Background and objective: Pulmonary aspiration of gastric acid is a serious complication during anaesthesia and may cause aspiration pneumonitis and adult respiratory distress syndrome. The development of pulmonary hypertension may aggravate the initial course of the aspiration pneumonitis. The authors hypothesized that acid aspiration induces an acute increase in right ventricular pressure in the rat heart. Additionally, it was hypothesized as a secondary study that endothelin levels would be increased in this rat model.
Methods: Male Sprague Dawley rats, anaesthetized with sevoflurane, underwent tracheostomy, and catheters were inserted into the carotid and right ventricle. Lung injury was induced by instillation of 0.4 ml kg(-1) 0.1 mol l(-1) HCl; a control group received the same volume of 0.9% NaCl. Rats were then ventilated for 6 hours. p(a)O2, mean arterial blood pressures and right ventricular systolic pressures were documented every 30 minutes, and arterial blood gases were measured at baseline, 30, 90, 180, 270 and 360 min. Wet/dry ratio was performed and additionally endothelin-1 levels were examined before and 180 and 360 min after aspiration.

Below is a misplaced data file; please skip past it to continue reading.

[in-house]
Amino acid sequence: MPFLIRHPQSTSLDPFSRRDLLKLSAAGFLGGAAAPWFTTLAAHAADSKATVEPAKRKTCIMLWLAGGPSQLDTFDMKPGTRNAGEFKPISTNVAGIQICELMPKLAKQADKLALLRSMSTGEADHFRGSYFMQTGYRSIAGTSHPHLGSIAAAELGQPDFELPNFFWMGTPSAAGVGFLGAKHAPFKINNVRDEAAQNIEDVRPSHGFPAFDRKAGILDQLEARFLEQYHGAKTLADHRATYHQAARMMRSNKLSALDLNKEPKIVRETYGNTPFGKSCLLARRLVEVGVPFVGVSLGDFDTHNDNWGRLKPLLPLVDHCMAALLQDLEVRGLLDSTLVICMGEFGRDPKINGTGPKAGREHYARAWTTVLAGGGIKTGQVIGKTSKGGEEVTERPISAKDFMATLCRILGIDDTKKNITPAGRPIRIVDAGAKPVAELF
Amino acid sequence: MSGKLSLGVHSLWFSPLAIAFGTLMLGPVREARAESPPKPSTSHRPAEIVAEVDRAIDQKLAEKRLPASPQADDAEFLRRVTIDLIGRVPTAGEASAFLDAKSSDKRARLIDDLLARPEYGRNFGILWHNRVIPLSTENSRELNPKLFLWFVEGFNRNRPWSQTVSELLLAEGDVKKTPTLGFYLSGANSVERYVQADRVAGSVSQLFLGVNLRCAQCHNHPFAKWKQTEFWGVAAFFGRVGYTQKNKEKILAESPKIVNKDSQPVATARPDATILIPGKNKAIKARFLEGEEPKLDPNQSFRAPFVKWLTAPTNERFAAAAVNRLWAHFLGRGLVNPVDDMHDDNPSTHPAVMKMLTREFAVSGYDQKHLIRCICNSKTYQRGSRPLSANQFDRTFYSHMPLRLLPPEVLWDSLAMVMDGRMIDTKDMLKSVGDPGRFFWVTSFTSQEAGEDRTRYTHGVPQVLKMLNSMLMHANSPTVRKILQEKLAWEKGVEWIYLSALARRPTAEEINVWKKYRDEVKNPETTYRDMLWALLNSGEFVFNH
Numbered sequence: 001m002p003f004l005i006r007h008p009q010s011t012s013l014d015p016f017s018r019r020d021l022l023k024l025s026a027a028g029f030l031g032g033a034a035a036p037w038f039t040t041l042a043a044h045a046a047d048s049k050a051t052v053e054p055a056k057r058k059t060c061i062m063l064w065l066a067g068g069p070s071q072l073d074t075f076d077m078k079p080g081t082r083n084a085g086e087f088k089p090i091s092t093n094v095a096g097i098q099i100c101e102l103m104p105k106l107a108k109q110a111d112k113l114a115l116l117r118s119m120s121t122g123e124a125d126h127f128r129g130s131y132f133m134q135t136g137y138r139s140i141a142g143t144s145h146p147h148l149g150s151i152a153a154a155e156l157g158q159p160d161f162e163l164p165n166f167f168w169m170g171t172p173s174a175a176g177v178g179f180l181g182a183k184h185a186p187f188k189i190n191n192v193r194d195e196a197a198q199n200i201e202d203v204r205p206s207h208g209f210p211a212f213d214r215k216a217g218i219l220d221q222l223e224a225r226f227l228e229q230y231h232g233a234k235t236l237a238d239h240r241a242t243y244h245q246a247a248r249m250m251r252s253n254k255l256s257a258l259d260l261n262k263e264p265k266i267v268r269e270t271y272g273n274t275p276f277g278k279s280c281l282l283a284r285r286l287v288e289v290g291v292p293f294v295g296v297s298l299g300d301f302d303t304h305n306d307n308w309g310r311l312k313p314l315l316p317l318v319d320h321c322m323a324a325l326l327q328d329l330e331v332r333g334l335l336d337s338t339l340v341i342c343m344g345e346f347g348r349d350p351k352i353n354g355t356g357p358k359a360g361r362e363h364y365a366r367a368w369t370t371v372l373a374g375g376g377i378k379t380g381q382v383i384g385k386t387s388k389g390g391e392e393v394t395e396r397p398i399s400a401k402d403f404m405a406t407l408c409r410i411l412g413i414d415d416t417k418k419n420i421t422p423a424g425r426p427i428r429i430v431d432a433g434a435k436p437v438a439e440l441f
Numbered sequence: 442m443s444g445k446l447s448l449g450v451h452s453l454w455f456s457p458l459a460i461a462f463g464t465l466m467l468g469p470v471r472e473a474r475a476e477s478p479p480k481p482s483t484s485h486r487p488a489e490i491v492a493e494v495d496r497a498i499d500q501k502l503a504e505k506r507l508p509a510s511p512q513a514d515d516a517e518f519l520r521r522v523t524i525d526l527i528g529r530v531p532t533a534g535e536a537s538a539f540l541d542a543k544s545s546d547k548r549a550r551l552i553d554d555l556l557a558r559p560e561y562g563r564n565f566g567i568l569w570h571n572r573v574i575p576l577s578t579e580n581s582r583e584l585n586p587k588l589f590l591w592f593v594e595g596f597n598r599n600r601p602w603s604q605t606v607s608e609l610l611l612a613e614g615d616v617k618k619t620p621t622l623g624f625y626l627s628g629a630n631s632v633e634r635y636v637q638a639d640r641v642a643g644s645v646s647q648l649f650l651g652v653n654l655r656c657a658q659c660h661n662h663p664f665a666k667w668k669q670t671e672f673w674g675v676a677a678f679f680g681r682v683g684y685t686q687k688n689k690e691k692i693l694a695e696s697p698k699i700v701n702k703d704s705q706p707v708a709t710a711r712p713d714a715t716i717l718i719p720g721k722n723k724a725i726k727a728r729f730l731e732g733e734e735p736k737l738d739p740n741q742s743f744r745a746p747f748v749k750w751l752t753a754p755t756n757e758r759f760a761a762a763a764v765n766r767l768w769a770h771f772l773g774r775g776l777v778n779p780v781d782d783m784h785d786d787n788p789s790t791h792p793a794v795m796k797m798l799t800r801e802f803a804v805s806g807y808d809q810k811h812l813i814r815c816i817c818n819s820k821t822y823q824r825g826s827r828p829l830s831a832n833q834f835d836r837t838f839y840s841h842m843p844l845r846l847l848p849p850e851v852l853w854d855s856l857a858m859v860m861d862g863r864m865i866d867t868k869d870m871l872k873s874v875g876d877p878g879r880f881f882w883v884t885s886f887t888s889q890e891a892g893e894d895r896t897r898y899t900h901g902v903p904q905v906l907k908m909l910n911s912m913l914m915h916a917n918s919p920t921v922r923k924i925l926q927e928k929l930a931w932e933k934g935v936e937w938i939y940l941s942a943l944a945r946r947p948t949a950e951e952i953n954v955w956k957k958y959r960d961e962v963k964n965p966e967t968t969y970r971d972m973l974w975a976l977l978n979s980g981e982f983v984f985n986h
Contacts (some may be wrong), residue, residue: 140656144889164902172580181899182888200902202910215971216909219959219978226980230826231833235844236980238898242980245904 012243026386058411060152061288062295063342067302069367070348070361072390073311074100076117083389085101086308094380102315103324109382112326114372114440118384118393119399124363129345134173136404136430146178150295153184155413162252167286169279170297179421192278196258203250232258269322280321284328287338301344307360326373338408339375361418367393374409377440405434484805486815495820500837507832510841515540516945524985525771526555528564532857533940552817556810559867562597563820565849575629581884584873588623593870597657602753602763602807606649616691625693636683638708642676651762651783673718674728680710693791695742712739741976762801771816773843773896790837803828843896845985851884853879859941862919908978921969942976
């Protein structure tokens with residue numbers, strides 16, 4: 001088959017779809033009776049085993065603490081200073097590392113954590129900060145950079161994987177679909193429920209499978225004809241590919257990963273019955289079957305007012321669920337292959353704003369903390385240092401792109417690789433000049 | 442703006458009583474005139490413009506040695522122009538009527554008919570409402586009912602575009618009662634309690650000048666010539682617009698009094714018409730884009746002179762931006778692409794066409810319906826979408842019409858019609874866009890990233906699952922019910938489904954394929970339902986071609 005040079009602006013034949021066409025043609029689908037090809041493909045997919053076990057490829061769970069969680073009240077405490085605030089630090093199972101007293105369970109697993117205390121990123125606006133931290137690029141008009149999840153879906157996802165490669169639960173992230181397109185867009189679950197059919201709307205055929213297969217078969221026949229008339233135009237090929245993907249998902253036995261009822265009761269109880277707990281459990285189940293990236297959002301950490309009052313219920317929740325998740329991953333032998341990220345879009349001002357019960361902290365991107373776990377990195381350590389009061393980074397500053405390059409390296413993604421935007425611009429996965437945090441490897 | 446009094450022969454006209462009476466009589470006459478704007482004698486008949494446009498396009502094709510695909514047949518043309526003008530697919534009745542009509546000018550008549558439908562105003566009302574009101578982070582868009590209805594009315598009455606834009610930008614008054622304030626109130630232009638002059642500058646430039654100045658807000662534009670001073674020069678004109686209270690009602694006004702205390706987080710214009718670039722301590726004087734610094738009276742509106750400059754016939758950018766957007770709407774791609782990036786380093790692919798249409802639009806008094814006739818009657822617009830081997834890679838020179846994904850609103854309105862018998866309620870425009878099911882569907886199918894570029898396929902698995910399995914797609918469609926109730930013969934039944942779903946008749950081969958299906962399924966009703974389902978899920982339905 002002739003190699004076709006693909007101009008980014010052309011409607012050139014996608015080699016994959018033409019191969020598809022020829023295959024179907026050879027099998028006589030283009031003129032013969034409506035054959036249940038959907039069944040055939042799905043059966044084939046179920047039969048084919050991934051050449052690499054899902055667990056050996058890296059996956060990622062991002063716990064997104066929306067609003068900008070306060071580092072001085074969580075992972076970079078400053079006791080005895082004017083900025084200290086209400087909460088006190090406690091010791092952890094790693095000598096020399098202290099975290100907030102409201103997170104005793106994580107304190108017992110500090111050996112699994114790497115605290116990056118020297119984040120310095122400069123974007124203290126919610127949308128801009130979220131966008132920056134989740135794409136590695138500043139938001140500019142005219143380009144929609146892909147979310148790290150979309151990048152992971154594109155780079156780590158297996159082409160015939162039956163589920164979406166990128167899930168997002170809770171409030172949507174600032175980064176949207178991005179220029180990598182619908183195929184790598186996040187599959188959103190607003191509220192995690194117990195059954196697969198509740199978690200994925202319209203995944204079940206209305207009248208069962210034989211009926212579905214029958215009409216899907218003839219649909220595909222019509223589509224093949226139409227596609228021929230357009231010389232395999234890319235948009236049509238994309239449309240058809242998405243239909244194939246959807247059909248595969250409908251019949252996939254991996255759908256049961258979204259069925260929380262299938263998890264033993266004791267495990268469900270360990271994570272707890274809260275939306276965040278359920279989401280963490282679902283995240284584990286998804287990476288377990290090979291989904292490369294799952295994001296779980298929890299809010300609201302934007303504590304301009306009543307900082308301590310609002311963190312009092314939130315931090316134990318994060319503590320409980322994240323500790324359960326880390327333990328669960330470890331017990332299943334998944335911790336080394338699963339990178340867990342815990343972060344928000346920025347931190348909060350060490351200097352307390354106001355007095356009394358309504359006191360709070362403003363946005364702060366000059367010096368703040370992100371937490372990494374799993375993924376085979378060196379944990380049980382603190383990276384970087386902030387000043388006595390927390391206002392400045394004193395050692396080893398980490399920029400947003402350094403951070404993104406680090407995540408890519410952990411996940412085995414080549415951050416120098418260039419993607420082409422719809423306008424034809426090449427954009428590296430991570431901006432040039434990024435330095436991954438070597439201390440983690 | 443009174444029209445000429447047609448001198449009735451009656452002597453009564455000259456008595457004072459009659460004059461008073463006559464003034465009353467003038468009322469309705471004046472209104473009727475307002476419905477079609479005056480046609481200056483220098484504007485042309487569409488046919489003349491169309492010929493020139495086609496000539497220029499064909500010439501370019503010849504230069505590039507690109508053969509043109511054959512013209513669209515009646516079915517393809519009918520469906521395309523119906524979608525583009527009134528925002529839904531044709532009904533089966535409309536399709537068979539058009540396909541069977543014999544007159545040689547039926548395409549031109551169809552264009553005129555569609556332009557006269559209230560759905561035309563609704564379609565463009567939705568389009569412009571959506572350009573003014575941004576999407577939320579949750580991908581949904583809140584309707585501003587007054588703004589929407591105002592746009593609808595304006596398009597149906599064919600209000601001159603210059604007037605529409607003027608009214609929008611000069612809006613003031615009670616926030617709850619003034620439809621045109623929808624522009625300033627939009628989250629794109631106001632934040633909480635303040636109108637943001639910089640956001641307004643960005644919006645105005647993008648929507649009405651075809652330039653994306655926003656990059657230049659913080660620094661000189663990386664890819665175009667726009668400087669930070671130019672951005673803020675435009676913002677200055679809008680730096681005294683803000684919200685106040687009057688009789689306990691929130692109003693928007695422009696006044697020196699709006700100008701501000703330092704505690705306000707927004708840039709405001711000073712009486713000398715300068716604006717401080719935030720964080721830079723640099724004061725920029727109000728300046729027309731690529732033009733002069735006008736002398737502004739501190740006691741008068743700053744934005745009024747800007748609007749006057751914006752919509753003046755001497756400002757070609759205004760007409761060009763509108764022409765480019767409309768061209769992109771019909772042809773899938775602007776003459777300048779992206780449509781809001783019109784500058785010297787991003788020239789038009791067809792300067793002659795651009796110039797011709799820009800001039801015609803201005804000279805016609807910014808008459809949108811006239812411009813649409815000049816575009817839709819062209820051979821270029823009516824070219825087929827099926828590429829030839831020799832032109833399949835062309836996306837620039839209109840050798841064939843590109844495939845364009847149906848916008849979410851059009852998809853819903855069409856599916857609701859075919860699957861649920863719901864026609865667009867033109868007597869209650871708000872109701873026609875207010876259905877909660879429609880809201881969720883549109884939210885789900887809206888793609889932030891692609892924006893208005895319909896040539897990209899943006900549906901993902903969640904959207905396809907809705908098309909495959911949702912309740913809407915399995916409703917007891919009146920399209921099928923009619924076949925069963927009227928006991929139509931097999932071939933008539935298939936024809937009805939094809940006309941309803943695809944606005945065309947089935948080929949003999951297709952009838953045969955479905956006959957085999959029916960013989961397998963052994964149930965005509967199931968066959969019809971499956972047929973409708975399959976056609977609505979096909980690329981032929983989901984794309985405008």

Results: p(a)O2 values were lower, whereas right ventricular systolic pressures were significantly higher in the HCl group. Mortality rate was 50% after HCl aspiration, whereas 100% of the rats survived NaCl aspiration. Wet/dry ratio and endothelin-1 levels showed a significant increase after 180 and 360 min of HCl aspiration.
Conclusion: Acid aspiration induces a significant increase in right ventricular systolic pressure and endothelin levels, and causes metabolic acidosis in this animal model.